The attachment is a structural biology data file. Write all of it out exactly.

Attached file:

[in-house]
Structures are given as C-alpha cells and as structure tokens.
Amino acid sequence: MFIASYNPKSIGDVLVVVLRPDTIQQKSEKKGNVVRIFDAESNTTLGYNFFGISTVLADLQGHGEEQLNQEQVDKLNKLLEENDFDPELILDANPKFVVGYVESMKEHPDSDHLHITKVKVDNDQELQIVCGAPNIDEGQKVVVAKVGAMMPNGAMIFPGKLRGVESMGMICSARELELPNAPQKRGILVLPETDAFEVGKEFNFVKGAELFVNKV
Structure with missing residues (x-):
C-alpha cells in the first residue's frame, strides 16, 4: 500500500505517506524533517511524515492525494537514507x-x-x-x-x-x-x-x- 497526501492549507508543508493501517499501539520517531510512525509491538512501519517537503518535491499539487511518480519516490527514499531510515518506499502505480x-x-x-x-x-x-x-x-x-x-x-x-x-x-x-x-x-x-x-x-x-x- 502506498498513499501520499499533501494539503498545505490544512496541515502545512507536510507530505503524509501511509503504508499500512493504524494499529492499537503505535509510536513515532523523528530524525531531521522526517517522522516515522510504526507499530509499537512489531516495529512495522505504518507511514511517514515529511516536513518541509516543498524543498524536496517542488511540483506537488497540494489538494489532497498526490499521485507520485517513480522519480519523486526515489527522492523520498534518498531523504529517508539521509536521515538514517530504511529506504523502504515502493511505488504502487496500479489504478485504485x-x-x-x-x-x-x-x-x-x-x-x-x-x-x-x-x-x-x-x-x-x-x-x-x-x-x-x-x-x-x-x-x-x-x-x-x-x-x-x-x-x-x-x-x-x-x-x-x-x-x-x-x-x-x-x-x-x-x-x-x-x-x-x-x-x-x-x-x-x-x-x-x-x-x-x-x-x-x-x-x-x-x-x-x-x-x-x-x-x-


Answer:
[in-house]
Structures are given as C-alpha cells and as structure tokens.
Amino acid sequence: MFIASYNPKSIGDVLVVVLRPDTIQQKSEKKGNVVRIFDAESNTTLGYNFFGISTVLADLQGHGEEQLNQEQVDKLNKLLEENDFDPELILDANPKFVVGYVESMKEHPDSDHLHITKVKVDNDQELQIVCGAPNIDEGQKVVVAKVGAMMPNGAMIFPGKLRGVESMGMICSARELELPNAPQKRGILVLPETDAFEVGKEFNFVKGAELFVNKV
Structure with missing residues (x-):
C-alpha cells in the first residue's frame, strides 16, 4: 500500500505517506524533517511524515492525494537514507x-x-x-x-x-x-x-x- 497526501492549507508543508493501517499501539520517531510512525509491538512501519517537503518535491499539487511518480519516490527514499531510515518506499502505480x-x-x-x-x-x-x-x-x-x-x-x-x-x-x-x-x-x-x-x-x-x- 502506498498513499501520499499533501494539503498545505490544512496541515502545512507536510507530505503524509501511509503504508499500512493504524494499529492499537503505535509510536513515532523523528530524525531531521522526517517522522516515522510504526507499530509499537512489531516495529512495522505504518507511514511517514515529511516536513518541509516543498524543498524536496517542488511540483506537488497540494489538494489532497498526490499521485507520485517513480522519480519523486526515489527522492523520498534518498531523504529517508539521509536521515538514517530504511529506504523502504515502493511505488504502487496500479489504478485504485x-x-x-x-x-x-x-x-x-x-x-x-x-x-x-x-x-x-x-x-x-x-x-x-x-x-x-x-x-x-x-x-x-x-x-x-x-x-x-x-x-x-x-x-x-x-x-x-x-x-x-x-x-x-x-x-x-x-x-x-x-x-x-x-x-x-x-x-x-x-x-x-x-x-x-x-x-x-x-x-x-x-x-x-x-x-x-x-x-x-